I've been following your detailed comments on Mme. Sowoda, gold comb. For once I always find fascinating how this old professors acted, either in class or outside. The detail about not kneeling while taking a bow is very interesting, which I knew about already via the autobiography of Danilova. I believe she said that only if royalty was present one would kneel. So yes, gold comb...please keep writing about Swoboda.
She walked like a queen, saluted with extaordinary grace and bowed, but never should the knee touch to the floor ! And we tried to imitate her. We applauded after every class.
About the fish pond which was more of a frog pond, she had some beautiful water lilies. I hope someone out there is still reading me. There's still so much to know about her.
Looking for information on Maria Swoboda!!!!!
Posted 05 February 2010 - 08:17 AM
Posted 08 February 2010 - 03:53 PM
Just in case there's someone still interested ...There's still so much to know about her.
Oh I have always been very interested in reading your recollections on Maria Swoboda. The personality and mannerism details you have written about intrigue me immensely. DO keep writing as I would love to learn as much as possible about this fabulous dancer and teacher. Thank you for taking the time to share your knowledge about her!
Posted 02 March 2010 - 01:17 PM
Posted 02 March 2010 - 03:58 PM
People are DEFINITLY interested.
Posted 02 March 2010 - 05:28 PM
She was extremely graceful but hated when she saw dancers flying their arms around that she called "chi chi". Unfortunately, dancers from the NYC ballet ,at that time, just loved "chi chi" arms. But not Mme Swoboda ! She insisted upon discipline and control. Should I continue ?...
I took her classes as a kid and young teen. I remember her saying to one dancer (I'm paraphrasing but think I'm pretty close)"
"You must do 3 pirouettes every time - you are machine."
and then to another dancer in the class
"You dance like piece of wood, what you think you are machine?"
She always got her message across!
I'll never forget the loveliness of her arms, head & neck when she demonstrated movement. And as has been stated before her feet were beautifully arched.
Posted 02 March 2010 - 07:34 PM
Posted 03 March 2010 - 03:36 PM
Posted 12 October 2010 - 02:02 PM
She was completely larger tha life in every respect. Unlike the divas of today, she had the substance - the training, the musicality, the culture - to back up her oversized personality. She was always, ALWAYS right. Really, she was. Which was why no one ever challenged her. We knew she was right, and that was that.
One thing you touched upon made me laugh. She had a great deal of expertise in music as well as dance, and as a musician who also danced, I was with her all the way when she had "discussions" with her pianists. The pianists were critical to her classes. She loved them one moment, hated them the next - how dare they not have read her mind? The oddest part was, at the end of the class, you "felt" her musicality in her choreography. After hours of her punctuating our classes with the familiar "Stop-stop-stop" to the pianists - they did not run away in tears. They loved her, beacuse they also knew she was always right.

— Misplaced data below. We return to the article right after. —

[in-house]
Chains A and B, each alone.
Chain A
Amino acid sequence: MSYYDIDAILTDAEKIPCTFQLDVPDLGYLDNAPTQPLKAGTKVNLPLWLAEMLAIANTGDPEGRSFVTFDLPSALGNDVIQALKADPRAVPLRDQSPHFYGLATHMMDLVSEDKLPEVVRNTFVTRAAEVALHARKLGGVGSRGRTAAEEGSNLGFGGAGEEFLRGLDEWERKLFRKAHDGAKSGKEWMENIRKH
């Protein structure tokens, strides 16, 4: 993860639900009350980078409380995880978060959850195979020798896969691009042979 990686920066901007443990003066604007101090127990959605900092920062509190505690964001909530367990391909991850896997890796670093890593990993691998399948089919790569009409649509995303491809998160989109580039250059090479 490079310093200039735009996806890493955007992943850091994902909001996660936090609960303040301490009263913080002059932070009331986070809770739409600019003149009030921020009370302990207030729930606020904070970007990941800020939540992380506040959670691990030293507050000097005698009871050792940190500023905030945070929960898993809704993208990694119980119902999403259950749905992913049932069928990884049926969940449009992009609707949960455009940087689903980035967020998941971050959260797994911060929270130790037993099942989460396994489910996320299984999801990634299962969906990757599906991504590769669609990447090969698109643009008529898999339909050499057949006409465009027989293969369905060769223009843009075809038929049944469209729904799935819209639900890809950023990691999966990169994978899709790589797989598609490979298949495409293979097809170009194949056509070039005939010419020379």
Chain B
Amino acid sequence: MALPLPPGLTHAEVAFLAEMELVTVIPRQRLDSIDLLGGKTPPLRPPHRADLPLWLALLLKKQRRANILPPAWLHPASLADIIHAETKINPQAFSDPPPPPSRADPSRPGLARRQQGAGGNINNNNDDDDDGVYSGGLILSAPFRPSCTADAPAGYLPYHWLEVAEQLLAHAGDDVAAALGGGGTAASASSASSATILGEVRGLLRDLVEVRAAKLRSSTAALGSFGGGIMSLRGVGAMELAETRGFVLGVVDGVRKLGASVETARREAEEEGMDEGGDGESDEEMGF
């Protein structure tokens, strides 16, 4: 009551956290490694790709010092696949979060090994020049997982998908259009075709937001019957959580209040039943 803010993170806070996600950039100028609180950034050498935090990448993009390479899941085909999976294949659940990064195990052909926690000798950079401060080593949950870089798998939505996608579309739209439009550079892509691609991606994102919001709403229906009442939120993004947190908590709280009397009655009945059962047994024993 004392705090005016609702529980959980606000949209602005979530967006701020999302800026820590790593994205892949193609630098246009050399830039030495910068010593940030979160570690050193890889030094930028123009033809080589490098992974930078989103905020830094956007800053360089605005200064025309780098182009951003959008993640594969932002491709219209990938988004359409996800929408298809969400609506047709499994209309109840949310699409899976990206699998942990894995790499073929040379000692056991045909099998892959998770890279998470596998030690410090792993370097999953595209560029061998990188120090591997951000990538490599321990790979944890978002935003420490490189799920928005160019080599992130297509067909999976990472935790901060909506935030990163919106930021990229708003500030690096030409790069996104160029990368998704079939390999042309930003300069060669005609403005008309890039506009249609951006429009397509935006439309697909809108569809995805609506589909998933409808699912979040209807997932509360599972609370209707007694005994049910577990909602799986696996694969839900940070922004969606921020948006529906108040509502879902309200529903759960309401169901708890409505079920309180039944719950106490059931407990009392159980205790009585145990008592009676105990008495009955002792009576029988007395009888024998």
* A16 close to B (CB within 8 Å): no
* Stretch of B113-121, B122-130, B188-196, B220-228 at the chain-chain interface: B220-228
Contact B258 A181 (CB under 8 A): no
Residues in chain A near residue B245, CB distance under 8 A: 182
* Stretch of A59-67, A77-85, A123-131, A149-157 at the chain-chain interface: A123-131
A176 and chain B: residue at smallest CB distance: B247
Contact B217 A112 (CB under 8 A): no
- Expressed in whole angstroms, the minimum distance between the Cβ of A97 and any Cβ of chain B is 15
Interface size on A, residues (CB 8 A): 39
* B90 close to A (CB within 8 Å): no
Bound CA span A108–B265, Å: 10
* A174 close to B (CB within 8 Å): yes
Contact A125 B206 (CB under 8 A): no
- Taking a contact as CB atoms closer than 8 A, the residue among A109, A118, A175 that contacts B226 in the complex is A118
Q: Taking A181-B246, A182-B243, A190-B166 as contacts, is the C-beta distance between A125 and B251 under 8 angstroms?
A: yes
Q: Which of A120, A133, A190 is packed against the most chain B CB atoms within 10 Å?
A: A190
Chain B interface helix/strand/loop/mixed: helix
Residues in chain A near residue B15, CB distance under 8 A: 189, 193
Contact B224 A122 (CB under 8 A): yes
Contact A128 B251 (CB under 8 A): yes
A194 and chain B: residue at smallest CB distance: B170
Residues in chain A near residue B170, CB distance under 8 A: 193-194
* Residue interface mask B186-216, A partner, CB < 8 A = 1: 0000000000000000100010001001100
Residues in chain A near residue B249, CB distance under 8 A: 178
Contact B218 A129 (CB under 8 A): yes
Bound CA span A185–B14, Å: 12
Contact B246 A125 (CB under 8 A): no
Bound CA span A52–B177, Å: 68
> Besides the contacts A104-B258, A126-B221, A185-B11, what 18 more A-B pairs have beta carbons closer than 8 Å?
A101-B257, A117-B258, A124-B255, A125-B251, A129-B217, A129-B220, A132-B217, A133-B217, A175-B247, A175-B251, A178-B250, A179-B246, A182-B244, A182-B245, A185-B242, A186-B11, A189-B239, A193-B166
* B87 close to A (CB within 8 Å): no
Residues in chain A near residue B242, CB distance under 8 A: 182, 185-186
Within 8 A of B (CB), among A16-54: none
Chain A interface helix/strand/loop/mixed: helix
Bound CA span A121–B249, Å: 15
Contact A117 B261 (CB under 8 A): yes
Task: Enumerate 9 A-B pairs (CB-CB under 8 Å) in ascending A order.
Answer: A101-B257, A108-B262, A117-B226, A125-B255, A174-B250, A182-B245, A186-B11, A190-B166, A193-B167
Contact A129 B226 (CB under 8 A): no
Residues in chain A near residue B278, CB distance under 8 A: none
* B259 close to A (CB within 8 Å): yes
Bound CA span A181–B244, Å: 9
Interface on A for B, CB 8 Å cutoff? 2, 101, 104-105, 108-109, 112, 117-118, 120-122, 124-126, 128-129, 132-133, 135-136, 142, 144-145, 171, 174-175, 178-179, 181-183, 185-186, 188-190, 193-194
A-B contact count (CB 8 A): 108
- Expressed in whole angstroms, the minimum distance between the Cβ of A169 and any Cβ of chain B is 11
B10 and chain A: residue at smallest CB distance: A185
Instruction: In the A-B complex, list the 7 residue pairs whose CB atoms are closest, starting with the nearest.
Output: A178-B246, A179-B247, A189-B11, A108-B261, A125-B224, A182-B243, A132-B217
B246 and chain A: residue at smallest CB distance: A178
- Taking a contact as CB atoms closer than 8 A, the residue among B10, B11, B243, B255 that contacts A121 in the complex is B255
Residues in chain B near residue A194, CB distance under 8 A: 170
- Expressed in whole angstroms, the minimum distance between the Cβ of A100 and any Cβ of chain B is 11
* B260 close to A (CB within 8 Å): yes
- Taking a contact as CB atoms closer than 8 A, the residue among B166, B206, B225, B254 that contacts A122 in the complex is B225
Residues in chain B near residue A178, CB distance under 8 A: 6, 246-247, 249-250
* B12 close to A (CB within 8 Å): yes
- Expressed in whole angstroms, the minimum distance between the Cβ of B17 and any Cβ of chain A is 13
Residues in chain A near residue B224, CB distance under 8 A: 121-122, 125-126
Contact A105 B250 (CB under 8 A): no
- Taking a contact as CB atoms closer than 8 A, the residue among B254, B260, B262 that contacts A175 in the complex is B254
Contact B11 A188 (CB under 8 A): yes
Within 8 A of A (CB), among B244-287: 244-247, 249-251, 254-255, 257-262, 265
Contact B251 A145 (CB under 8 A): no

Posted 12 October 2010 - 02:48 PM
Posted 18 October 2010 - 06:36 PM
The curious part is, the last line says "There are no survivors."
The truth is, there are thousands of "survivors." She had hundreds of dancers she called "babies" - and hundreds of those "babies" grew up and started dance schools of their own (just google her name and see who comes up - beginning with Roni Mahler...). And now - several generations later, her "influence DNA" is ingrained in dancers everywhere - even if they never heard of her).
Posted 11 December 2013 - 09:20 PM
I don't know if anyone is still out there but I want to thank you for the fond memories, and to gold comb, thanks after all these years you reminded me of why I do what I do and the way I do, from terms like ironing board , old ladies to "No chi, chi!". Even with my modifications through the years my style is still very much hers, and I as one of many survivors pass her legacy to my "babies".
Posted 25 June 2016 - 07:06 PM
I was a young teenager growing up in Philadelphia. The mother of one of my best friends arranged for Madame to come into Philadelphia every saturday to teach us ballet. I think from possibly as early as 1953 through 1960, I loved it. I had studied with other teachers but none like Madame. I still remember the black dress and babushka she wore. She never got my name Cynthia or Cindy right and either called me Cynthie or Cindya. One thing I liked about our classes was that we never had recitals just pure ballet with a pianist.
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